As I read more on MPNs I started to suspect my ET was actually PV and 2.5 years after my ET diagnosis, my current haematologist confirmed I actually had PV, not ET. He explained that despite my low cardiovascular disease risk factors, my symptoms indicated the need to commence cytoreductive treatment. He ordered venesection and gave me the choice of treatment with the chemotherapeutic agent Hydroxyurea (HU) or the immune modulator Interferon (IFN). Over the next few days I trawled the internet, reading everything I could ‘get my hands’ on regarding MPN treatment, to decide what treatment I should take long term.

I drew up a table with columns summarizing the pros and cons of HU verses IFN for MPNs. This resulted in a confusing list of possible benefits and adverse effects of each drug. After deliberating, I remembered my haematologist’s advice that they were both genuine options for me so I went with my ‘gut feeling.’ I decided to start HU initially, to get my blood counts back down to safer levels, before trying IFN, in the hope this would suit me long term. (Currently in Australia Pegasys which is reported to be better tolerated, is not available for prescription to MPN patients).

Three months after my PV diagnosis I travelled from Australia to Arizona to attend the 2011 Joyce Niblack Memorial Conference on the Myeoloproliferative Disorders at the Mayo Clinic in Scottsdale. I returned home feeling empowered by the knowledge I had gained and comforted by the generous advice of the eminent MPN physicians, some of whom I was lucky enough to speak with in person. I was welcomed by warm hospitality of physicians and delegates alike and encouraged by the support I experienced in meeting fellow MPN patients. Attending the conference helped me to feel more optimistic about the future, knowing there is an international team of physician-scientists working tenaciously to elucidate the pathogenesis of MPNs; so better treatments can be developed and trialed. 

Two years after my PV diagnosis I am on Roferon-A Interferon after juggling various doses of IFN and HU for the first 18 months. I still require the occasional venesection and struggle with the side effects of IFN and the symptoms of my MPN in general, both physically and psychologically.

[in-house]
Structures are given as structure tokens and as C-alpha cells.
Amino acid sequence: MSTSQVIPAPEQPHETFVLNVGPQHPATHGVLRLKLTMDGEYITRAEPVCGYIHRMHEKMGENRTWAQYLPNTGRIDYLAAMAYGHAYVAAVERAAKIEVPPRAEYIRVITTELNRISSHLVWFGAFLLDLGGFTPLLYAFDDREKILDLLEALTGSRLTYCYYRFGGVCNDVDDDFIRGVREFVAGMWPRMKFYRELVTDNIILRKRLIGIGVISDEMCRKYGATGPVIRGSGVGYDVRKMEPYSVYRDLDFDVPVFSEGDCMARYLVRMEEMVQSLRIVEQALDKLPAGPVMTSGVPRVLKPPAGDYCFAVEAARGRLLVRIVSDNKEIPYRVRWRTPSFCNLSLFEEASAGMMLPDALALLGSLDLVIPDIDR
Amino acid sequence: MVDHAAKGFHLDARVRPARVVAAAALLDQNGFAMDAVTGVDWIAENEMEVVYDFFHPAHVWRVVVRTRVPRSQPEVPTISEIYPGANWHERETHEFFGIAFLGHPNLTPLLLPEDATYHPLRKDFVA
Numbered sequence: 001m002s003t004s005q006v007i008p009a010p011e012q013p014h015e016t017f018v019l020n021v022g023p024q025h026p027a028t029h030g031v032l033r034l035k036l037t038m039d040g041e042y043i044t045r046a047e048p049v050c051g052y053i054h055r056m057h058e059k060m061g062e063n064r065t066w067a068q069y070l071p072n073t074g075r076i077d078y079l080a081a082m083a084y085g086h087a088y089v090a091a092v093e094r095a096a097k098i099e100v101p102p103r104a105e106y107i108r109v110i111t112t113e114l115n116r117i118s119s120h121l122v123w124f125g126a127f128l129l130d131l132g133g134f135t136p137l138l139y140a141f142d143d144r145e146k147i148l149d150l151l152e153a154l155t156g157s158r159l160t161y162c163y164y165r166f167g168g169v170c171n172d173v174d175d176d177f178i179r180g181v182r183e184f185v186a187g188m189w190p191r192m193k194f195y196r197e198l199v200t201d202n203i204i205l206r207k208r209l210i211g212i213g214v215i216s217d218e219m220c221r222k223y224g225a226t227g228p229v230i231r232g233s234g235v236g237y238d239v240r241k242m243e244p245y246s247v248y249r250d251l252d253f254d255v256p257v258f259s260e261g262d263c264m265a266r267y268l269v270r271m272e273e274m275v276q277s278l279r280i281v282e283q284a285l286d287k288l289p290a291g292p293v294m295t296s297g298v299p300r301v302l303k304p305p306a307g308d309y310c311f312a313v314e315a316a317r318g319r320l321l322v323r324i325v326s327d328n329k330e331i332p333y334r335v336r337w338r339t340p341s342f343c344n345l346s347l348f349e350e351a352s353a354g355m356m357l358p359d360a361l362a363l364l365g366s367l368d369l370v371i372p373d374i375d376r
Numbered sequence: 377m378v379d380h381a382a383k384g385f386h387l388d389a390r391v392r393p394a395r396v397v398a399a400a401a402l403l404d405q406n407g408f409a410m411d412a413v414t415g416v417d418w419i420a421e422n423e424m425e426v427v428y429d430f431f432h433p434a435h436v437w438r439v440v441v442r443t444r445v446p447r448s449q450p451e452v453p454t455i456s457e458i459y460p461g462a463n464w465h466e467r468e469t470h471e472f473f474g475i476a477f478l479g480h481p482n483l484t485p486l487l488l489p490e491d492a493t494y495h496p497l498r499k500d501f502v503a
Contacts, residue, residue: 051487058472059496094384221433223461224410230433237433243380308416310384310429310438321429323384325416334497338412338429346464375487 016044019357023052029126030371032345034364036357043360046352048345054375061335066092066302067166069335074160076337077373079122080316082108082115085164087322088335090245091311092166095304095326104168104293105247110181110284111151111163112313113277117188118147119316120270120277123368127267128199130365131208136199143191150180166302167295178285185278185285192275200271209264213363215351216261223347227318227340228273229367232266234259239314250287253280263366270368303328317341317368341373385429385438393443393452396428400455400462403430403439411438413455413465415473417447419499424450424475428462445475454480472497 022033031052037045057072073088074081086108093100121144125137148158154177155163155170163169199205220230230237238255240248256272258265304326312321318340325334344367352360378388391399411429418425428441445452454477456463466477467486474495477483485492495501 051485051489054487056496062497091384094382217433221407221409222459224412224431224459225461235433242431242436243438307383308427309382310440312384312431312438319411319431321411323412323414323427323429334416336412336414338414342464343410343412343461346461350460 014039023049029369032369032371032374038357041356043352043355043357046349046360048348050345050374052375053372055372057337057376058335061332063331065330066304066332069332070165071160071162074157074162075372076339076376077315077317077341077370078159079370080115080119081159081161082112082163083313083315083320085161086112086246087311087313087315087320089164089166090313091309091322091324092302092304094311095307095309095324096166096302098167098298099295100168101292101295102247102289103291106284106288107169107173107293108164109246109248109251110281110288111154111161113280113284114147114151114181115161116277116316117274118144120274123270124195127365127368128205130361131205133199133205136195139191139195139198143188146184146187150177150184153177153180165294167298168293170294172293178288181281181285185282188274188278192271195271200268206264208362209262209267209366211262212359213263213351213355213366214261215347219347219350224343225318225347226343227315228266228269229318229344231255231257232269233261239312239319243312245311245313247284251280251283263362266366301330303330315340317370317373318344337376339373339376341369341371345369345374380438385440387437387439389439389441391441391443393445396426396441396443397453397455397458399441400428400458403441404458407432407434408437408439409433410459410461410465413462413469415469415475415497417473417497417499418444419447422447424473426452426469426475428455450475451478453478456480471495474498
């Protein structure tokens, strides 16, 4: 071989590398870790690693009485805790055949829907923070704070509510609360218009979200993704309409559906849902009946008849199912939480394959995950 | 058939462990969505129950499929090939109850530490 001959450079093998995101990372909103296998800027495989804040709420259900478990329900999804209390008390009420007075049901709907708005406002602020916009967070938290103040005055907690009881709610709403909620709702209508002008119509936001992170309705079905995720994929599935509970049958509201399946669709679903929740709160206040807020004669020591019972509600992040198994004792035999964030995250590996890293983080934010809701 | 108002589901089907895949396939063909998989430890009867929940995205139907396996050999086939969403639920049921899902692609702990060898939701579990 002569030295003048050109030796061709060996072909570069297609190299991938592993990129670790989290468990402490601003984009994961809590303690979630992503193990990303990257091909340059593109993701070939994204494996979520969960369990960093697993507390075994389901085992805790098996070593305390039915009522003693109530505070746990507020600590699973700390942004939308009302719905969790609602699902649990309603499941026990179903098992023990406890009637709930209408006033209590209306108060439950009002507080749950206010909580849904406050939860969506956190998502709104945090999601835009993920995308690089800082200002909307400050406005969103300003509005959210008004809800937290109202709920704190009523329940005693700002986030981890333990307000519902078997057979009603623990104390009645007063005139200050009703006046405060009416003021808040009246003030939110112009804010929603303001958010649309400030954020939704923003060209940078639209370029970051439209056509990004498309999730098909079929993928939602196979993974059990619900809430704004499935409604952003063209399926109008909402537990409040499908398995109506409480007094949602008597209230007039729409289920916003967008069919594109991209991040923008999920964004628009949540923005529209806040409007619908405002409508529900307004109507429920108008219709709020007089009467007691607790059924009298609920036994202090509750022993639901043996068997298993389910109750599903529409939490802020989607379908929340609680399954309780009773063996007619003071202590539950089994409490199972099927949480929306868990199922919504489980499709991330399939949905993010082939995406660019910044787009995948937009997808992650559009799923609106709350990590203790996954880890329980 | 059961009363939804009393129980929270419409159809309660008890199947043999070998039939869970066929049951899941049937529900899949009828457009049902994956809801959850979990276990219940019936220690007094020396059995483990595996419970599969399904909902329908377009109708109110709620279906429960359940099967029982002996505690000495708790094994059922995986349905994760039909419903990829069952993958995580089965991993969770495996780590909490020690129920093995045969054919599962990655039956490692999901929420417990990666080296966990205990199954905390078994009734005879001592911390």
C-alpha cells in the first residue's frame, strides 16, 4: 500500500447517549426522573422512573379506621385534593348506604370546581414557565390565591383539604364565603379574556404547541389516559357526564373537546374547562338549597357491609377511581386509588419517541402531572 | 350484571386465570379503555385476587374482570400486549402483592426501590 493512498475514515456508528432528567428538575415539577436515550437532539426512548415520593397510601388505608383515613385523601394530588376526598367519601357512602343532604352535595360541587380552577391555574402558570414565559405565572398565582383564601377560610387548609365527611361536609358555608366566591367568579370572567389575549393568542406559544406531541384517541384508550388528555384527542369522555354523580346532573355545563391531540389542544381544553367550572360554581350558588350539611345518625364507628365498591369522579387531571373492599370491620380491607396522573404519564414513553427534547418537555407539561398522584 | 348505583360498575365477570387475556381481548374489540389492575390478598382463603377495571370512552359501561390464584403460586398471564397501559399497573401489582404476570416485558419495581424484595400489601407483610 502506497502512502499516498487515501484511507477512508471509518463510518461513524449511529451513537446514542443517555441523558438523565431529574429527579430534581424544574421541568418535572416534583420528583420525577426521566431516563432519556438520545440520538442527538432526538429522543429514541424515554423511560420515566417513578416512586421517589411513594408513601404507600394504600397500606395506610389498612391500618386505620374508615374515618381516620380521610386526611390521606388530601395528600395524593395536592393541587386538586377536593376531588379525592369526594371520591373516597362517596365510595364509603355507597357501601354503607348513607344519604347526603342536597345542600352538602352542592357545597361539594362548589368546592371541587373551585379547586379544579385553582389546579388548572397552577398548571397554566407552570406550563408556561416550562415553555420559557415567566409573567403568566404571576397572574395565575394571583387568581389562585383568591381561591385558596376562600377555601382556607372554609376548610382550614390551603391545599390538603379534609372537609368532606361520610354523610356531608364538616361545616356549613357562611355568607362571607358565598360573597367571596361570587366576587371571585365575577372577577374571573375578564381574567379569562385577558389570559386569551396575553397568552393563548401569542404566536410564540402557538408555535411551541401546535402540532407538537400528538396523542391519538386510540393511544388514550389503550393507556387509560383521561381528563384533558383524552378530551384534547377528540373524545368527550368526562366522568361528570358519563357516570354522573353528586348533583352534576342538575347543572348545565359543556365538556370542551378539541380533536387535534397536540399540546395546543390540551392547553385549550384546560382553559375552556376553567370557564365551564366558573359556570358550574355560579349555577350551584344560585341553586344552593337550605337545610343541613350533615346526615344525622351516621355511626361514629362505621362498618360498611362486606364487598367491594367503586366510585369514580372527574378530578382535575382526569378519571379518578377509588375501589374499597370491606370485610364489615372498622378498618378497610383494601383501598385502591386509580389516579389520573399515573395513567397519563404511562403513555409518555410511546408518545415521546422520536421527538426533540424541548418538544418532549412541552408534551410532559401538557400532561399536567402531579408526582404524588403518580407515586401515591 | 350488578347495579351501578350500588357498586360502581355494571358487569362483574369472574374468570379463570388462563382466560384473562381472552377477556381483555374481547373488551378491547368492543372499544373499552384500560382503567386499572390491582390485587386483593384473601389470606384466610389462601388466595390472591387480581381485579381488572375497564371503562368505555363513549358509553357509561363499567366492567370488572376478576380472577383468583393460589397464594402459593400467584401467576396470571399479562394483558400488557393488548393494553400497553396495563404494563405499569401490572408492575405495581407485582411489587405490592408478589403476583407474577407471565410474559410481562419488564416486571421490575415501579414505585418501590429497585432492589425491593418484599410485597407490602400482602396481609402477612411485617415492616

In one way my diagnosis has been a gift because It reminds me that we all have health challenges sooner or later and I hope my experiences make me a more empathetic clinician with my patients. Like many MPN patients reading haematology journals has become my new hobby/obsession (there is a fine line!).

Take me back to the Contents


© Nathalie Cook and MPNforum.com, 2012. Unauthorized use and/or duplication of this material without express and written permission from this blog’s author and/or owner is strictly prohibited. Excerpts and links may be used, provided that full and clear credit is given to Nathalie Cook and MPNforum.com with appropriate and specific direction to the original content.

Comments on: "Nathalie’s discovery" (2)

  1. Thanks for writing of your experience. I too had a diagnosis of PV last April, and can really relate to all you have said. So far I have had venesections only, and my counts are slightly high but good, with a hematocrit of 42. I am 67 years old and get very fatigued. I had never heard of any of these disease of MPNs before this. Hope you are keeping well Cheers.

    • mimi mcguire said:

      Yes, thanks for your story. I was PV for 15 yrs with phlebotomy-only (venesection) therapy for several years. Then I was placed on 500 mg’s Hydrea for treatment as my arm veins started breaking down. While on the Hydrea, I still had the occasional bleed. I have now progressed to myelofibrosis and am doing well on 1500 mg’s hydrea. My doc and head of hematology decided NOT to place me on ruxo (the Jakafi new drug) as I responded so well to hydrea and that the ruxo would be entirely too toxic for me. That was a year ago and i am holding strong on this treatment protocol. I am 62. During the progression from PV to MF, my spleen did give me a problem growing in size to 25.4 cm’s. There was a lot of discomfort associated with that! But the spleen was shrunk back down to 18 cm’s on the 1500 mg’s HU and I am very grateful. I keep a very happy and positive attitude and my doc calls me his “trophy spleen” patient!
      Best wishes to you,
      Fondly,
      mimi of Southeast Louisiana